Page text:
Composer, conductor, and pianist, Thomas Adès is one of the most diversely talented musical figures of his generation. His music is performed by great opera companies, symphony orchestras, chamber groups, and music festivals throughout the world. But Adès has resisted public discussion of the creative process behind his musical compositions. Until now, the interior experience that has fired the spectrum of his work—from his first opera, Powder Her Face, to his masterpiece The Tempest and his acclaimed orchestral works Asyla and Tevot—has largely remained unexplained. Here, in spirited, intimate, and, at times, contentious conversations with the distinguished music critic Tom Service, Adès opens up about his work. "For Adès, whose literary and artistic sensibilities are nearly as refined and virtuosic as his musical instincts," writes Service, "inhabiting the different territory of words rather than notes offers a chance to search out new creative correspondences, to open doors—a phrase he often uses—into new ways of thinking in and about music." The phrase "full of noises," from Caliban's speech in The Tempest, refers both to the sounds "swirling around" Adès's head that are transmuted into music and to the vast array of his musical influences—from Sephardic folk music, to 1980s electronica, to Adès's passion for Beethoven and Janácek and his equally visceral dislike of Wagner. It also suggests "the creative friction" essential to any authentic dialogue. As readers of these "wilfully brilliant" conversations will quickly discover, Thomas Adès: Full of Noises brings us into the "revelatory kaleidoscope" of Adès's world.
"The British composer, conductor, and pianist Thomas Adès (b. 1971) has achieved a level of recognition and celebrity within the concert world shared by very few living musicians today, and his compositions enjoy a degree of wide-spread acclaim that places him among the most widely-heard composers working now. His critical and popular successes, at least inside the insulated world of classical music, place him within the absolute mainstream of concert life today. Is he merely pecking over the carcass of a tradition, soon to be subsumed by or abandoned in favor of some other cultural practice? Or does his work suggest possibilities for a concert world waiting to be born? This book, which is the first full-length study of Adès's work as a whole in English, seeks to answer - or at least articulate the terms of response to - these questions and others. Considering the diversity of Adès's output, this book is structured as a series of essays. These essays are organized thematically. The first two essays considers Adès's arrangements and serialist compositions, respectively. The third looks at how his opera The Tempest illuminates much of his music's beguiling contradictions. The fourth considers how Adès has been understood as a "surrealist" composer, and the final chapter considers the cosmic sweep of some of his most recent works"--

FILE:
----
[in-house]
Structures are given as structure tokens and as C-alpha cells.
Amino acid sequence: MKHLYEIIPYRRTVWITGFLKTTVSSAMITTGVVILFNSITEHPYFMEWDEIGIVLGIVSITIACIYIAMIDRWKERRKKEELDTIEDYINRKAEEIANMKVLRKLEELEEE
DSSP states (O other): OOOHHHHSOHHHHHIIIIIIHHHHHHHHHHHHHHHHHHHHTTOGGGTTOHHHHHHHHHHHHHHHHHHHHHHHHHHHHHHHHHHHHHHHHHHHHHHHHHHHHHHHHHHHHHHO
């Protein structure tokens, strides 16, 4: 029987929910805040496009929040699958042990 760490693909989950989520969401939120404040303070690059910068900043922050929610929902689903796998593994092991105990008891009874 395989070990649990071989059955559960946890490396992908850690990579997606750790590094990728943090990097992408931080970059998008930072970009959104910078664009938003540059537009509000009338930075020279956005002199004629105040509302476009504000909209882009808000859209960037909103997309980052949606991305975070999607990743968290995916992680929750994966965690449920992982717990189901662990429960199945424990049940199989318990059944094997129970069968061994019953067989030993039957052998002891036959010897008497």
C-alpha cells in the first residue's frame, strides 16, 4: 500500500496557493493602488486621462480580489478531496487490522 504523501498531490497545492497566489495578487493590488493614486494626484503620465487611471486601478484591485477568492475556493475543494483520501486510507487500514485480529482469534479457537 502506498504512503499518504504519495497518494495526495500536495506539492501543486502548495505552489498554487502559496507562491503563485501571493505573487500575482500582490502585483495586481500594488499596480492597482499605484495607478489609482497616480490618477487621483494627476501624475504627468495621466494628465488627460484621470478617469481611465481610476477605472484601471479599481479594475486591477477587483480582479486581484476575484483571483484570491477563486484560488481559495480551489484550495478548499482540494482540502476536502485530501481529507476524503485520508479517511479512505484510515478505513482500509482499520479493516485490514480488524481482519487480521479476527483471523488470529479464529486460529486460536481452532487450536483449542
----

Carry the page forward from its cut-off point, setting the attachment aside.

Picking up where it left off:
The island is a powerful metaphor in everyday speech which extends almost naturally into several academic disciplines, including musicology. Islands are imagined as isolated and unique places where strange, exotic, different and unexpected treasures can be found by daring adventurers. The magic inherent within this positioning of islands as places of discovery is an aspect which permeates the theoretical, methodological and analytical boundaries of this edited book. Showcasing the breadth of current musicological research in Australia and New Zealand, this edited collection offers a range of subtle and innovative reflections on this concept both in established and well-charted territories of music research.
This expanded and completely revised fourth edition is a unique handbook, spanning a thousand years of music from Gregorian chant via Bach and Beethoven to current leading lights such as Thomas Adès and Kaija Saariaho. There are concise biographical profiles of more than 200 composers and informative summaries of the major compositions in all genres, from chamber works to operatic epics. Topics such as the influence of jazz, notation, conducting, the madrigal, and why Stradivarius made such great violins are covered fully in feature boxes. The Rough Guide has been praised for its mix of well-known composers with more obscure, but interesting, figures (like Antoine Brumel and Barbara Strozzi), and for the way it takes contemporary music seriously.